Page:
Tesla Model 3 Performance bows with adaptive suspension, track mode

A new Tesla Model 3 Performance based on the refreshed Model 3—codenamed “Highland” by the automaker—is now available to order in the U.S.

Appearing on Tesla’s website Tuesday, the new Model 3 Performance has a dual-motor all-wheel drive powertrain rated at 510 hp and 546 lb-ft of torque. Tesla quotes 0-60 mph in 2.9 seconds, a 163 mph top speed, and 296 miles of range.

Tesla also claims more consistent performance from its fourth-generation drive units, with a 22% increase in continuous power output, a 32% increase in peak power output, and a 16% increase in peak torque compared to the previous Model 3 Performance, along with lower energy consumption.

Tesla Model 3 Performance

Chassis upgrades include adaptive dampers and an improved Track Mode that ties together the functioning of motor, suspension, and powertrain cooling controls with the car’s vehicle dynamics controller. Tesla also equips Performance models with 20-inch forged and staggered wheels with Pirelli P Zero 4 tires.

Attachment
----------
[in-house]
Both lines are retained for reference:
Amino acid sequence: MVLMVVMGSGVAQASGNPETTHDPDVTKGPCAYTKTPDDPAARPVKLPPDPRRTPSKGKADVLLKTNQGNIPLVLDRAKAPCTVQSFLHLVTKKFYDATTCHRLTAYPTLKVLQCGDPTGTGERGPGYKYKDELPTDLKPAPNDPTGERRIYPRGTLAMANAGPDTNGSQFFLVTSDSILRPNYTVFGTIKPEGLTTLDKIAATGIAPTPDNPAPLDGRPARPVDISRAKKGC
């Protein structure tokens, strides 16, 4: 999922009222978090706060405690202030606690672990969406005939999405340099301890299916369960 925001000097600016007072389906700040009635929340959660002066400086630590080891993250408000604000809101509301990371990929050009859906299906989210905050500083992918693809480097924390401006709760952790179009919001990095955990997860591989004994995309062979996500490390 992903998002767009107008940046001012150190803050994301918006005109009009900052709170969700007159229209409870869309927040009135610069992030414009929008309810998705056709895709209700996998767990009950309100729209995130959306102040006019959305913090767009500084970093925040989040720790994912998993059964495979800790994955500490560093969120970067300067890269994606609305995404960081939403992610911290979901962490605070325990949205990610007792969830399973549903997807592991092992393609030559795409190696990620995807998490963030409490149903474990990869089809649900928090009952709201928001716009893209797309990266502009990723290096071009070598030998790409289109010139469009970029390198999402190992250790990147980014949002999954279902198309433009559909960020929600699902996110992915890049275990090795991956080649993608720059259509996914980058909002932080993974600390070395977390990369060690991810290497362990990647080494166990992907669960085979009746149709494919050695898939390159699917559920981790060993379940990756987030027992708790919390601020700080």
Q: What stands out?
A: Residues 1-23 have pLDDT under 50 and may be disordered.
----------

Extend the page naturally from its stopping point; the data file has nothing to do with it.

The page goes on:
The Model 3 Performance gets the same revised styling previously seen with the Highland update, which have been available in the U.S. since January. As with those other models, Tesla claims aerodynamic benefits, with a 5% reduction in drag, a 36% reduction in lift, and a 55% improvement in front/rear lift balance compared to the previous Model 3 Performance.

The main interior change is a new set of front sport seats. The Model 3 cabin overall received a substantial revamp with the Highland refresh, adding features like cooled front seats, dual wireless device charging, and an 8.0-inch screen for rear-seat passengers in addition to the main 15.4-inch touchscreen.

Tesla Model 3 Performance

Pricing starts at $52,990 before destination, putting the Performance at the top of the Model 3 lineup, above the Long Range All-Wheel Drive ($47,740) and Rear-Wheel Drive ($38,990). The Performance appears eligible for the federal EV tax credit, which could mean it’s a better deal than the Long Range, though. Tesla has been applying these credits at the time of purchase.

Tesla pricing is always volatile, however. A round of price cuts just earlier this week mean the Model Y now undercuts the Model 3. Currently the bestselling vehicle on the planet, the crossover hasn’t gotten the same updates as the sedan, though.

When it launched, the Model 3 Performance was somewhat of an outlier. But new competition has cropped up in the form of the BMW i4 and Polestar 2, so just as with the standard Model 3, an update of the Model 3 Performance was needed.